MIT tests pill to deliver RNA vaccines and therapies

Tomorrow’s vaccines could be swallowed, not injected.

MIT researchers have devised a way to deliver RNA vaccines and other nucleic acid therapeutics in pill form — potentially making them easier to distribute and more appealing to people with a fear of needles.

The drugs: Nucleic acids are found in every cell in our bodies. The two main types, DNA and RNA, are responsible for storing and expressing genes.

Nucleic acid therapeutics — such as the DNA and RNA vaccines against COVID-19 — use these molecules to deliver instructions to our cells to make proteins that can help fend off disease. 

An estimated 1 in 4 adults has a strong fear of needles.

The challenge: Nucleic acid therapeutics are notoriously difficult to administer — RNA degrades especially rapidly — so they typically have to be packaged in a protective particle and delivered via an injection.

A pill, on the other hand, would have to go through the digestive tract, where stomach acid ordinarily dissolves any RNA or DNA into useless fragments.

An estimated 1 in 4 adults has a strong fear of needles, and the CDC predicted that as many as 1 in 10 people might delay getting a COVID-19 vaccine due to this fear.

The capsule: In 2019, MIT researchers unveiled a capsule designed to orally deliver insulin, and in 2021, they tweaked the design to orally administer large molecules, such as monoclonal antibodies, in a liquid form.

They’ve now demonstrated that each pill can deliver up to 50 micrograms of RNA, coated in a special nanoparticle, into pigs’ stomachs. (For comparison, the approved RNA vaccines for COVID-19 only need to contain 30 to 100 micrograms of RNA.)

“Overcoming [RNA’s sensitivity to degradation] opens up multiple approaches to therapy, including potential vaccination through the oral route,” senior author Giovanni Traverso told MIT News.

How it works: The capsule is about the size of a blueberry, and it contains a very tiny needle attached to a compressed spring. A pellet of sugar holds the needle in this position until it reaches the stomach — the sugar then dissolves, and the spring pushes the needle out.

The capsule’s shape was inspired by the shell of a leopard tortoise, which is domed in a way that allows the animal to right itself if it ends up on its back. The shape ensures that the needle is always pointed against the stomach lining, where it can deliver its RNA to cells.

According to the 2021 study, the needle retracts into the capsule after delivering its payload, and the injections — which penetrated about 4.5 millimeters into the pigs’ stomach lining — didn’t cause any damage to the tissue.

The impact: Using a “reporter protein” delivered via the RNA, the researchers were able to see where the RNA ended up in the pigs’ bodies, and it never left the cells of their stomachs. In an experiment with mice, the protein was expressed in the stomach and liver.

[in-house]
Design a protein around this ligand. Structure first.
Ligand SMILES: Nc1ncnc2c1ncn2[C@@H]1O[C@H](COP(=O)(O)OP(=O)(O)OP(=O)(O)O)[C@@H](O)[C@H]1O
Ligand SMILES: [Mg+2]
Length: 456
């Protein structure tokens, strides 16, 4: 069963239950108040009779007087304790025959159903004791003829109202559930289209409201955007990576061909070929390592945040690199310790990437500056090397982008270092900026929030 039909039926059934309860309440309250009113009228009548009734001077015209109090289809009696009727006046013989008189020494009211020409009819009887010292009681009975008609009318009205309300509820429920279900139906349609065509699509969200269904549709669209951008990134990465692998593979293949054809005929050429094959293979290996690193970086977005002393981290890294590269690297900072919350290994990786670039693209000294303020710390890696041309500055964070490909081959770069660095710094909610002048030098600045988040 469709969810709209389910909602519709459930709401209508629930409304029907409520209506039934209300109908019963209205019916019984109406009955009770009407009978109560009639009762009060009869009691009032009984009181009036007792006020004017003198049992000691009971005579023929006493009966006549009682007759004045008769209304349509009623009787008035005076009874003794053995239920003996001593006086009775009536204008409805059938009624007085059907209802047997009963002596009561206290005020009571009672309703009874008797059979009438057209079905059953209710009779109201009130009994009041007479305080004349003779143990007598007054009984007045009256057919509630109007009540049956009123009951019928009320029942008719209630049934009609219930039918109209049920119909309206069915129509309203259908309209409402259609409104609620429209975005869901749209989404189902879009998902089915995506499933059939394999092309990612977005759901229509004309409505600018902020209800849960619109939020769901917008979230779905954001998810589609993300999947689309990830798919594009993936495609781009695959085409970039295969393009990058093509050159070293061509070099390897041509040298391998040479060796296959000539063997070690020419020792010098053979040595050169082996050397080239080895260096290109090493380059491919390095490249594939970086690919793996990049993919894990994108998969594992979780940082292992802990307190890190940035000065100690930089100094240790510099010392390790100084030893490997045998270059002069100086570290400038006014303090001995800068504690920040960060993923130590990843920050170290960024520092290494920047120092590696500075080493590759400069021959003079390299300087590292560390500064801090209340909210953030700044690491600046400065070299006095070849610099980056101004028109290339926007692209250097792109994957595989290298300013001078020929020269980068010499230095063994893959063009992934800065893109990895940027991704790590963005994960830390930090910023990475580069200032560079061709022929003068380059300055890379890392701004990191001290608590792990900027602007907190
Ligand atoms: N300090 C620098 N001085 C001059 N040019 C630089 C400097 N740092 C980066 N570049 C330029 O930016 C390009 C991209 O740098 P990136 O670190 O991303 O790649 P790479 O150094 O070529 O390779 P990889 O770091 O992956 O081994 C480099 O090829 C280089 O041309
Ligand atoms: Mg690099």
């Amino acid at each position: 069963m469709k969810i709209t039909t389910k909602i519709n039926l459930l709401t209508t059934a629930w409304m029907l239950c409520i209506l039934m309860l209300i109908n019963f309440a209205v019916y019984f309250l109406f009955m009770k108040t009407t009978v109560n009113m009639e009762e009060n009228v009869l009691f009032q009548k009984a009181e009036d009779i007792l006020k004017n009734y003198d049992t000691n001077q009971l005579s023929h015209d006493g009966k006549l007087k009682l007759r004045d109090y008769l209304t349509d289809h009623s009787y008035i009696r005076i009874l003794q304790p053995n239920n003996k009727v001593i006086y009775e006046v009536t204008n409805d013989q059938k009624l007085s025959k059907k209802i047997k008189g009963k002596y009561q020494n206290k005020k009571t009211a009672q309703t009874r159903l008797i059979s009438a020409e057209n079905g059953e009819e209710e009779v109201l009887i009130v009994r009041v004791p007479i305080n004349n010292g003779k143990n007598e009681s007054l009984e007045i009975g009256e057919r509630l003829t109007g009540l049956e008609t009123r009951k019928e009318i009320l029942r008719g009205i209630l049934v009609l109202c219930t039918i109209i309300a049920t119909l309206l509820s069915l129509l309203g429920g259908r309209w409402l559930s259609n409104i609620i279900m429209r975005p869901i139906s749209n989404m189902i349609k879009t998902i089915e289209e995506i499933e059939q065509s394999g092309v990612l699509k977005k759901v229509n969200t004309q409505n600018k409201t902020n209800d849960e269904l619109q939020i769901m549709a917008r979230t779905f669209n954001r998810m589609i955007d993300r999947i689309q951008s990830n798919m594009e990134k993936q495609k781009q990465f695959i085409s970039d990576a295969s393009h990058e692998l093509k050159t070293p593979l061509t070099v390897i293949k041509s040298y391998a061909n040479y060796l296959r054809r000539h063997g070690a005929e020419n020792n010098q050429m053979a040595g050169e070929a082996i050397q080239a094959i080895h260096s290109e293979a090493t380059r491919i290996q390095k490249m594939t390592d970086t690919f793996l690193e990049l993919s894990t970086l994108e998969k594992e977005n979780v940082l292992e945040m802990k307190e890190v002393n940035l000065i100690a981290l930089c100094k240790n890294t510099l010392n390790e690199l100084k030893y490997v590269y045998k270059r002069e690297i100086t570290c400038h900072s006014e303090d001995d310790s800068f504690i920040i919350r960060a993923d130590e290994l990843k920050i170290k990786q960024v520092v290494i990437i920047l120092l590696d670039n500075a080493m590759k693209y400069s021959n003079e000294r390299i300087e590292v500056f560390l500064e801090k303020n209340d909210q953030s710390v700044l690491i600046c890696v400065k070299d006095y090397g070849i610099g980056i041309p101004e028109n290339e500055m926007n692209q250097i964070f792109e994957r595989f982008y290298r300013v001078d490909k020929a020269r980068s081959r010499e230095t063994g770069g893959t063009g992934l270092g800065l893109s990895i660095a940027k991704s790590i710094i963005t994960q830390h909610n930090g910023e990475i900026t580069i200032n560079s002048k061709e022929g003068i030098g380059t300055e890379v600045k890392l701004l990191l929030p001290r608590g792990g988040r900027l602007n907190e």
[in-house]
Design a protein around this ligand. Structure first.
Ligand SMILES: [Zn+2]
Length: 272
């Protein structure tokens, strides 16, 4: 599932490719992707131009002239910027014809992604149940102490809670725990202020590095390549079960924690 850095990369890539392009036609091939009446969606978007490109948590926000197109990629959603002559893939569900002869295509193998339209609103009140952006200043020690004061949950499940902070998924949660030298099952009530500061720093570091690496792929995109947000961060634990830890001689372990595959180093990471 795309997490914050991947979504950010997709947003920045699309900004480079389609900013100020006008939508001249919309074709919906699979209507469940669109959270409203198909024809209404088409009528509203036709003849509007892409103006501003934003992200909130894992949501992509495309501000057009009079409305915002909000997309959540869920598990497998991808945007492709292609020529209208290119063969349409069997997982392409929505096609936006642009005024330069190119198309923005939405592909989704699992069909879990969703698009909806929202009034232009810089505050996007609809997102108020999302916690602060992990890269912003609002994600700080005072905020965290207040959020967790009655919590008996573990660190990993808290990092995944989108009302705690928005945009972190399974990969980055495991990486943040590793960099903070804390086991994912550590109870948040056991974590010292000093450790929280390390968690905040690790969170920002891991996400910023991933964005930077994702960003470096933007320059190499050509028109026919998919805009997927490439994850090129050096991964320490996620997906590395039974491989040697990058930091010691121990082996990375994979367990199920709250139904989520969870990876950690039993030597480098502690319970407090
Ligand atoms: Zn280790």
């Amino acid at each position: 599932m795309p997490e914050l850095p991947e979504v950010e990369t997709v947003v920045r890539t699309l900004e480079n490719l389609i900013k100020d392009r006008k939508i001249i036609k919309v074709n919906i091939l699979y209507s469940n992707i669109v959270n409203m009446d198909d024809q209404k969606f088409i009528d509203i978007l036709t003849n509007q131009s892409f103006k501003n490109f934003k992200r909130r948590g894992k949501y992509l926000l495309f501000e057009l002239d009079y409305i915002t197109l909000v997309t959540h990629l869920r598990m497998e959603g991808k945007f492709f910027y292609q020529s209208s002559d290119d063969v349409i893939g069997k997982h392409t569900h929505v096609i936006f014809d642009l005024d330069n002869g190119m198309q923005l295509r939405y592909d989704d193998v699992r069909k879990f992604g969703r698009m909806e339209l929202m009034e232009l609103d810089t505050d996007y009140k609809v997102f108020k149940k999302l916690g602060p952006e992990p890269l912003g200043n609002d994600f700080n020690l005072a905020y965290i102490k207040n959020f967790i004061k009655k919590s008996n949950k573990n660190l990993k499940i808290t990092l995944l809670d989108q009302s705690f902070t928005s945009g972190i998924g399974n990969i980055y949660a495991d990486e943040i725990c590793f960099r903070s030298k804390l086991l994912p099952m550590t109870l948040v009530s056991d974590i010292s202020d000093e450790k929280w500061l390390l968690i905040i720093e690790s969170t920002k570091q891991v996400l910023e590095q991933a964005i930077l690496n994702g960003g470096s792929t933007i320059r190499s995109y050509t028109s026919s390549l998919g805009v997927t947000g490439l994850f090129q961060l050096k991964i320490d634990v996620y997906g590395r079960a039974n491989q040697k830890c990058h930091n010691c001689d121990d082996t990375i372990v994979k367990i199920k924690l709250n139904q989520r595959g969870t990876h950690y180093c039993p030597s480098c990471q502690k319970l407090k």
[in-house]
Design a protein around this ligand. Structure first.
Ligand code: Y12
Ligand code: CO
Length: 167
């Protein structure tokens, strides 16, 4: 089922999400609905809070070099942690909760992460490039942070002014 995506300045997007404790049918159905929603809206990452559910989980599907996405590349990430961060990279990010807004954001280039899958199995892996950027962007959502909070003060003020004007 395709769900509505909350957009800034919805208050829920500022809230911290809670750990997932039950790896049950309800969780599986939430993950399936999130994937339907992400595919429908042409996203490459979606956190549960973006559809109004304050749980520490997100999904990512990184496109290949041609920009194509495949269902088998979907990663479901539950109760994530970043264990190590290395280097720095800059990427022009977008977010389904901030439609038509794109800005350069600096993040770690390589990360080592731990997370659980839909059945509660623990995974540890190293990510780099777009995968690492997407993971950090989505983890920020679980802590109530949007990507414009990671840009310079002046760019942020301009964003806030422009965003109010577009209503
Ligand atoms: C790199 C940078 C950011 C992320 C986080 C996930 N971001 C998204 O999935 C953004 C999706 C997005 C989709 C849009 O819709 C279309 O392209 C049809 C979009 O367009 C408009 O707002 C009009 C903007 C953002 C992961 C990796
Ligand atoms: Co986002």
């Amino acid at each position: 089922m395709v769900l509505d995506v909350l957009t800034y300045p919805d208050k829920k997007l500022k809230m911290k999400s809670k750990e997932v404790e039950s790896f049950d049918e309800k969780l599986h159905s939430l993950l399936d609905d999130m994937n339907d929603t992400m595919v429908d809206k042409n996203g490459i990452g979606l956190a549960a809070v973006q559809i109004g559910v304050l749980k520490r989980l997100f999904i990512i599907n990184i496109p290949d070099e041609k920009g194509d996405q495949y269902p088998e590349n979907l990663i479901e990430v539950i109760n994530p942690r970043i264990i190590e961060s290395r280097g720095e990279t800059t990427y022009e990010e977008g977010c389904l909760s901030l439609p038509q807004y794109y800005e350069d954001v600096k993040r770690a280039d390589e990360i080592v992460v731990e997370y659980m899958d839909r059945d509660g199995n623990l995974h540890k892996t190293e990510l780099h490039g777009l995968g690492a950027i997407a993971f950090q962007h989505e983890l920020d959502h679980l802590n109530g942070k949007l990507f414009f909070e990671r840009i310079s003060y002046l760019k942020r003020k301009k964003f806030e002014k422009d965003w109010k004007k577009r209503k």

The team thinks it may be able to increase the uptake of the molecules in other organs by either using larger doses of RNA or changing their nanoparticle coating, but that wouldn’t be necessary if a nucleic acid therapeutic was targeting a gastrointestinal disease.

“Stimulating the gastrointestinal tract’s immune system is a known way of creating an immune response.”

Alex Abramson

It might not be needed to effectively administer RNA vaccines, either.

“There are many immune cells in the gastrointestinal tract, and stimulating the immune system of the gastrointestinal tract is a known way of creating an immune response,” lead author Alex Abramson said. 

The oral polio vaccine, for instance, is designed to stimulate immunity along the GI tract to prevent the virus from spreading.

But to find out for sure, they’ll need to study whether the capsules can trigger a systemic immune response — creating antibodies and immune cells throughout the body — when loaded with an actual mRNA vaccine.

The big picture: The MIT team isn’t the only group looking for ways to get needle-phobic people vaccinated against COVID-19.

Cambridge researchers launched a phase 1 trial of a needle-free vaccine delivered via a jet of fluid in December 2021, and Chinese researchers have developed a microneedle patch to deliver a DNA-based COVID-19 vaccine. 

A clinical trial testing the efficacy of AstraZeneca’s COVID-19 vaccine when delivered as a nasal spray is ongoing, and India’s Bharat Biotech received approval in January 2022 to begin phase 3 trials of a booster vaccine delivered via the nose.

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